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Threading articles

"Threading" is a Usenet term for maintaining the correct order in which a discussion appears. This mechanism is far superior to any sorting algorithm, as it can even maintain the correct sorting order after articles have disappeared from the server, or when a reply arrives before the original article.

A followup (ie, any article that is in response to another article) will always have a special header line, References: , which contains a list of the Message-ID's of all articles prior in this thread (subsection of the discussion).

As an example, take a look at the following discussion. Letters denote articles, and lines indicate where the article was a followup to.

 A -- B -- C
     -- D -- E
               -- F

In this example, "A B C" is one thread, and "A D F" is another. Article "F" contains the Message-ID's of "A" and "D" in its References: header.
It is easy to see how the discussion evolved, and you can even skip a certain 'sub-thread' if you think it is going off-topic, for example. But it's even more powerful. Imagine that a person reads article "B", and wants to followup, even though "B" was a few days old. His article, "G", now arrives at your site. Where should it go? With subject/date sorting, the article tree would look like this:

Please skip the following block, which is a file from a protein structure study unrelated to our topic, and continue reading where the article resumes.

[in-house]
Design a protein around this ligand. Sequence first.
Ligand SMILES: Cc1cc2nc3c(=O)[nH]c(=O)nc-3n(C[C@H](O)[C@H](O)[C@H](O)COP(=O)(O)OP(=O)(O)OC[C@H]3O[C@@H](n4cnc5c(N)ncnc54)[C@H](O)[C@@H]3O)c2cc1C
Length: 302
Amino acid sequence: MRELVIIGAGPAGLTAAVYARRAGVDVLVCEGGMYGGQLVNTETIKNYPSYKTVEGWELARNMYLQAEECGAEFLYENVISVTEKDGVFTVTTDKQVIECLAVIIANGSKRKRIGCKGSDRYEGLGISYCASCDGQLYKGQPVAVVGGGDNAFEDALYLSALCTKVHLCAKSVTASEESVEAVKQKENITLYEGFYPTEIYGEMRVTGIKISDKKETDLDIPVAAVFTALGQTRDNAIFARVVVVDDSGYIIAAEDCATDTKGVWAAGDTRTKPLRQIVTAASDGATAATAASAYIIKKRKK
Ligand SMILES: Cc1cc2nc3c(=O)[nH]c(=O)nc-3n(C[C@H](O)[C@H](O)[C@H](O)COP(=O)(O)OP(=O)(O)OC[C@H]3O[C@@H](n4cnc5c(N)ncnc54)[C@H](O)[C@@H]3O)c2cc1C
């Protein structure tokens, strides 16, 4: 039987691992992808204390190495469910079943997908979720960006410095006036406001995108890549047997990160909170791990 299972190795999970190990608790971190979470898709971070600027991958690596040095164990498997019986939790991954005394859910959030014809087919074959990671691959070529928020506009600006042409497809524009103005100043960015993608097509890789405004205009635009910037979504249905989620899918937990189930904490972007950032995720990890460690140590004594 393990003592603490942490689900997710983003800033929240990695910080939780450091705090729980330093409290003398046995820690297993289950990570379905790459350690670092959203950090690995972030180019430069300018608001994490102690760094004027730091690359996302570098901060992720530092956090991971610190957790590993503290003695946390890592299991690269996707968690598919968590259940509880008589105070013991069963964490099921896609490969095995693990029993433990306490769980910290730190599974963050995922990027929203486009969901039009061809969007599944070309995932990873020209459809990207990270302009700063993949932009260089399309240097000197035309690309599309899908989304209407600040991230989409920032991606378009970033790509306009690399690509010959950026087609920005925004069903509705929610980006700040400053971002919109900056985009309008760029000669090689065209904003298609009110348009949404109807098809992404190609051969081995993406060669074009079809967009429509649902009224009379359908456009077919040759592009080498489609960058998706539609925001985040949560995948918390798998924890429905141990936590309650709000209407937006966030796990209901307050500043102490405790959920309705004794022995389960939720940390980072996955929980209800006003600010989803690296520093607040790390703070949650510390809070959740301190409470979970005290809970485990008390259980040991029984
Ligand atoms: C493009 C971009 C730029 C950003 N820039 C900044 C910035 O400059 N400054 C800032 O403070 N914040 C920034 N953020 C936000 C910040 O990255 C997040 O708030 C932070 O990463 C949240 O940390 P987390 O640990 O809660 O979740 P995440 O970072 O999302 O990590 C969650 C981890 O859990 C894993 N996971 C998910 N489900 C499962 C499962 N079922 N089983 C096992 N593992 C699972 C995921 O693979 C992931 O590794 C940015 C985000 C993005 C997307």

A -- B -- C
  |-- D -- E
  |      |     -- F
     -- G

but that's not correct. The correct location for article "G" would be as another branch off "B".

 A -- B -- C
  |      |     -- G
     -- D -- E
               -- F

Using the Usenet threading mechanism, this can be done quite easily. The newsreader simply adds the Message-ID of "B" to the References: header of "B", and then copies that new header to the header section of article "G".

When article "G" now arrives at a new server, the readers there can see that article "G" was a followup to "B", and so it should be put in the thread at the location above.

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Last modified: 26 Jan 1997
Author: Arnoud "Galactus" Engelfriet
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